While New Year’s Eve may conjure images of a celebratory toast, it’s also traditionally one of the worst days of the year for alcohol-related car crashes and deaths for young drivers.
New data from a 2011 teen driving study by Liberty Mutual Insurance and SADD (Students Against Destructive Decisions) reveals an interesting yet cautionary anomaly. According to the study, teens believe New Year’s Eve is the most dangerous time of the year to drive, yet it also is the holiday or event when teens most frequently drive under the influence of alcohol or other drugs.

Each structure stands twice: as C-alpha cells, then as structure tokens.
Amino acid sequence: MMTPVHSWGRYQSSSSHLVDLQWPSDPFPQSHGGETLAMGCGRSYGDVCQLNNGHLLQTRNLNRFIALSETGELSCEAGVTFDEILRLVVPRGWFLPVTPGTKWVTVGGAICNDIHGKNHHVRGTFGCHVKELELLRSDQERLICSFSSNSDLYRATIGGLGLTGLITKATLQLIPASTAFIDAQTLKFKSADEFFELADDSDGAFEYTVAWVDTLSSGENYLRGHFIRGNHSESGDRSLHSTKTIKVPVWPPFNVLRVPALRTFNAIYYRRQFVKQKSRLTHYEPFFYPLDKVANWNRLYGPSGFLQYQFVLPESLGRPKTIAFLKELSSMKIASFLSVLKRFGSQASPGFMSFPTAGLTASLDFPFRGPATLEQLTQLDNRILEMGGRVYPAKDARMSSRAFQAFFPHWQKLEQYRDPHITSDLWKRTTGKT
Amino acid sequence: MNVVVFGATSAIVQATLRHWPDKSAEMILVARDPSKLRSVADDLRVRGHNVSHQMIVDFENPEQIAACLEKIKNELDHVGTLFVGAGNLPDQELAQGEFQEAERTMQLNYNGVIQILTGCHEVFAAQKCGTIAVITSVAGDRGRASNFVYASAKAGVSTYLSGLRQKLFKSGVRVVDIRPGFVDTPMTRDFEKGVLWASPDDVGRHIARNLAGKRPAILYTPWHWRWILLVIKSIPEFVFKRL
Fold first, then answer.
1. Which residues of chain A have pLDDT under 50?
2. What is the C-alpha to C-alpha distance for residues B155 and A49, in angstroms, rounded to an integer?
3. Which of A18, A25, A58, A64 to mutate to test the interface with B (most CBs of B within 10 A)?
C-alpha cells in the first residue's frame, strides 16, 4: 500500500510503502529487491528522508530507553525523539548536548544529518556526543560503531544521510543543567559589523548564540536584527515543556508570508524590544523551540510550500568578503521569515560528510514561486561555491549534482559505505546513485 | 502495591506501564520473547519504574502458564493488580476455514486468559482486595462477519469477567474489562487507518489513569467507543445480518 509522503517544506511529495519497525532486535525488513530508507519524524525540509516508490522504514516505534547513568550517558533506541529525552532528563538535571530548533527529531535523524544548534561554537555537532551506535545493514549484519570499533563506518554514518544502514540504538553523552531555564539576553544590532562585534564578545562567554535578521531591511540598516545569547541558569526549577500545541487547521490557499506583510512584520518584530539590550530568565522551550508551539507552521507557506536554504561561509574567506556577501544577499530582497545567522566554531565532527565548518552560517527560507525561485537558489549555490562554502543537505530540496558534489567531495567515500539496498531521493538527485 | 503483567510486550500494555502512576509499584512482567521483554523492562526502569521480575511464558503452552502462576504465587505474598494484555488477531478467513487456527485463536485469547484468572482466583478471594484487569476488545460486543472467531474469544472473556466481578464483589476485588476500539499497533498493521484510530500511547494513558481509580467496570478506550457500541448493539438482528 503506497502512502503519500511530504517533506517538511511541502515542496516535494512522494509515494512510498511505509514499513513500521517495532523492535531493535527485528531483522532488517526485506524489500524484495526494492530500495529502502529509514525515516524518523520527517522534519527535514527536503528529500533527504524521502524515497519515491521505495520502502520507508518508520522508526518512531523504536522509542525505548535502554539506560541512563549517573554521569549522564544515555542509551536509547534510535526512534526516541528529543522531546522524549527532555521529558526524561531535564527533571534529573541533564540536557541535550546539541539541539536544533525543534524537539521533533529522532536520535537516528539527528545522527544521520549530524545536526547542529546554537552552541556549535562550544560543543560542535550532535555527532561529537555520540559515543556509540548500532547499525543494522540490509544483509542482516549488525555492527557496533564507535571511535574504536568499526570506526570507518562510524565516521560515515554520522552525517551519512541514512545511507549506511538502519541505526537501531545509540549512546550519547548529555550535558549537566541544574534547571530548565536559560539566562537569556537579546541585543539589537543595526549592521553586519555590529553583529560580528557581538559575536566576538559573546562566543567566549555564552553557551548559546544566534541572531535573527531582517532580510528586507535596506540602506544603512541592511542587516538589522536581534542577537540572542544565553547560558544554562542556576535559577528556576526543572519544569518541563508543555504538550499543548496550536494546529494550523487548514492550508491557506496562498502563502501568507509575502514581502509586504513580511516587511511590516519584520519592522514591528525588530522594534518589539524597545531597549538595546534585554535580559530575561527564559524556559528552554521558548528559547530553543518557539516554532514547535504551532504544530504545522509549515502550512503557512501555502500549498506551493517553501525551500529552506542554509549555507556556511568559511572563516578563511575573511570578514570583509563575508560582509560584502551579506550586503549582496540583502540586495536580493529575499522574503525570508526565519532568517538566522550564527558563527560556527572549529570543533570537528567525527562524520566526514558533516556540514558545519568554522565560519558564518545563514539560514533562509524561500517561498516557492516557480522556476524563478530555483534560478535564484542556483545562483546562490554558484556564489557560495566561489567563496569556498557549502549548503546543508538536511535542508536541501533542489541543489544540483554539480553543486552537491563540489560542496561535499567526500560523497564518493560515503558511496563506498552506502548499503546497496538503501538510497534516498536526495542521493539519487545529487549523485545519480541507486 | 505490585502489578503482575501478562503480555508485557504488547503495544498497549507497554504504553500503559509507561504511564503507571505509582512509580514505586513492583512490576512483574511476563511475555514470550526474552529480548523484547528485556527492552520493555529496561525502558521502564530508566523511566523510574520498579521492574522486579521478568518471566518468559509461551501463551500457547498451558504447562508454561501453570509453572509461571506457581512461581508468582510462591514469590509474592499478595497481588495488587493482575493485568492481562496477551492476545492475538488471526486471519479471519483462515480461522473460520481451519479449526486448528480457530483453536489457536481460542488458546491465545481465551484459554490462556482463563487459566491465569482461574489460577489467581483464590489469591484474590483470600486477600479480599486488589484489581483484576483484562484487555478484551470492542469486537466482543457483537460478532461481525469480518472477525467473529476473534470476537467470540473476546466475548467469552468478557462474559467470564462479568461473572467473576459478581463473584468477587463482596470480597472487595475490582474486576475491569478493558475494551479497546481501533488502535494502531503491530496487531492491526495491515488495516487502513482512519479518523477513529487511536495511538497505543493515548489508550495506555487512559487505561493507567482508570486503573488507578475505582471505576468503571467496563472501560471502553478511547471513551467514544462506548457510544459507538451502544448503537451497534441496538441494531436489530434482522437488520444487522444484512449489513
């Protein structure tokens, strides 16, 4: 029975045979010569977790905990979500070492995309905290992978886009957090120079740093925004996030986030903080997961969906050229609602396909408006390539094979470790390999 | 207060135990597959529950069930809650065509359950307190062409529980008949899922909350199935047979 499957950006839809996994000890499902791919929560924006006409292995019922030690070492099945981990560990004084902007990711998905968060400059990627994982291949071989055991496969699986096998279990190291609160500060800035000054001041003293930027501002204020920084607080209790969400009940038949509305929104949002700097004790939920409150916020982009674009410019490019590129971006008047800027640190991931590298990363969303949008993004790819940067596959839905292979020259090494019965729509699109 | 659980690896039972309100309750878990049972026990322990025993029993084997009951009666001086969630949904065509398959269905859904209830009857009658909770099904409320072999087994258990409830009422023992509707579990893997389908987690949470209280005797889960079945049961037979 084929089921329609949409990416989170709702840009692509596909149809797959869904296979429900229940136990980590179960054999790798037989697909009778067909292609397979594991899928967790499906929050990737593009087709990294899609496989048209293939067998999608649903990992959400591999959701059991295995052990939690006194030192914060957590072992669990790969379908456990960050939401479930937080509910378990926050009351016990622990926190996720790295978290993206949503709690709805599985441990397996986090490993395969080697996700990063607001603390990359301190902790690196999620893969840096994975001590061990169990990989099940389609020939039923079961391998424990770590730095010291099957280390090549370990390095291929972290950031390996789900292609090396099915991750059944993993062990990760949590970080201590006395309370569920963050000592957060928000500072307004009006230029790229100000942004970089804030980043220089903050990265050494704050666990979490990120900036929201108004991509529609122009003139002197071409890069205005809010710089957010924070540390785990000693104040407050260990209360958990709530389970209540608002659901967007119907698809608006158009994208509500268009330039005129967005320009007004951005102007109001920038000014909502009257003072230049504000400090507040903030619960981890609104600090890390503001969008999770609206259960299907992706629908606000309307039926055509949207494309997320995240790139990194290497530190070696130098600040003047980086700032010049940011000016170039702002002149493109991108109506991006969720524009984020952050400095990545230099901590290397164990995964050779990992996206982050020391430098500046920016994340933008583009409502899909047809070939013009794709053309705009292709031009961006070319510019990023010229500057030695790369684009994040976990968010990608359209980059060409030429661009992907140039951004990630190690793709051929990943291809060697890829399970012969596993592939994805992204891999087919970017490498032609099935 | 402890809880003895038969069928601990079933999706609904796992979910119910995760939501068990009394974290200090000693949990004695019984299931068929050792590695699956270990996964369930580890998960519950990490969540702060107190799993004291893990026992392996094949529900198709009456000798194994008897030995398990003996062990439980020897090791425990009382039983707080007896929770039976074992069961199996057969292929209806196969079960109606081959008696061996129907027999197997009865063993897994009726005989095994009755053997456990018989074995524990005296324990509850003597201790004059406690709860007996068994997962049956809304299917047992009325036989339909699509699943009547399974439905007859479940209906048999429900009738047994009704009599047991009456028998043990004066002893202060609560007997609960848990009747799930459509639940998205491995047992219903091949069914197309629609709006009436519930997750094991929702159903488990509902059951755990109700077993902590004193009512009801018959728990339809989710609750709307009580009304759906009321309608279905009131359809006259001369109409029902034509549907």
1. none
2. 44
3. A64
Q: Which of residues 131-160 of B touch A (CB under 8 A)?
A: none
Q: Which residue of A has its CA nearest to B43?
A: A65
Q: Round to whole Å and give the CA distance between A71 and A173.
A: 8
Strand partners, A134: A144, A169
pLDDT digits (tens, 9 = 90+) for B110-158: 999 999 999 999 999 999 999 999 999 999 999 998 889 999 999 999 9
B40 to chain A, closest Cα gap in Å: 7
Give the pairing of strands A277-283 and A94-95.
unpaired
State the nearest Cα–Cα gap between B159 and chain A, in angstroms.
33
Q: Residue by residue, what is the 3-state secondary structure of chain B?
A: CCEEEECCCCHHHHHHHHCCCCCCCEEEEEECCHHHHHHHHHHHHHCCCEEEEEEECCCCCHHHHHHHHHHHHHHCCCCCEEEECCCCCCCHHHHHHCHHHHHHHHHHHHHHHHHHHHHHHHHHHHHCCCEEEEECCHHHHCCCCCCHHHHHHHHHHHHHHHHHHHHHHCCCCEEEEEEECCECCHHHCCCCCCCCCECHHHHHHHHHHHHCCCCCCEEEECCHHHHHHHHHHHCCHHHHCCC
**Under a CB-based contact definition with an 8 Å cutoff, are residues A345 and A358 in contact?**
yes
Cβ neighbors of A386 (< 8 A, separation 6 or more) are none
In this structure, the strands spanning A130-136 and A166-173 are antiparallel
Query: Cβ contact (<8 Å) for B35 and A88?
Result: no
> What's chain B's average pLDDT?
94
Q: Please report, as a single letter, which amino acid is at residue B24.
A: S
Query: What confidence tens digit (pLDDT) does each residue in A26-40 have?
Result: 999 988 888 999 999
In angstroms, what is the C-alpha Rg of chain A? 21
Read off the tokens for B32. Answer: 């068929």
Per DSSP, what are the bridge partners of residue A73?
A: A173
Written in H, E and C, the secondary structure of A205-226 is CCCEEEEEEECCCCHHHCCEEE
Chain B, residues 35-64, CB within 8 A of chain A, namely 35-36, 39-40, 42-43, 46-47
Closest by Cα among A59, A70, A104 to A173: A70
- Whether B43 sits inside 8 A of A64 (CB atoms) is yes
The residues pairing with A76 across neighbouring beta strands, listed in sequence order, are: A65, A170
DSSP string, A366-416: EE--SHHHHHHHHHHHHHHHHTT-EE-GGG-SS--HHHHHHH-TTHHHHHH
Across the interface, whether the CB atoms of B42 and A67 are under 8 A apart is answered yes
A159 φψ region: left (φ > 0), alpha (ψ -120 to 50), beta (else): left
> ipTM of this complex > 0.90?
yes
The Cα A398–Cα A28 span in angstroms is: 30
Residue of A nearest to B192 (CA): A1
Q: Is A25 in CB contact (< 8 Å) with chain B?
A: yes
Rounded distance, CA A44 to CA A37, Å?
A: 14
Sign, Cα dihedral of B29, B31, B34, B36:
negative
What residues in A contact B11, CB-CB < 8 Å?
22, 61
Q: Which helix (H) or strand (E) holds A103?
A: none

Some 49 percent of teens surveyed said New Year’s Eve is a very/extremely dangerous time to drive — but 10 percent of those surveyed also said they have driven under the influence of alcohol or drugs on New Year’s Eve.
According to the survey of nearly 2,300 eleventh and twelfth graders, when teen drivers were asked about how dangerous they feel certain events and holidays are for driving and the likelihood of driving under the influence of alcohol or drugs on those days, New Year’s Eve topped both lists.
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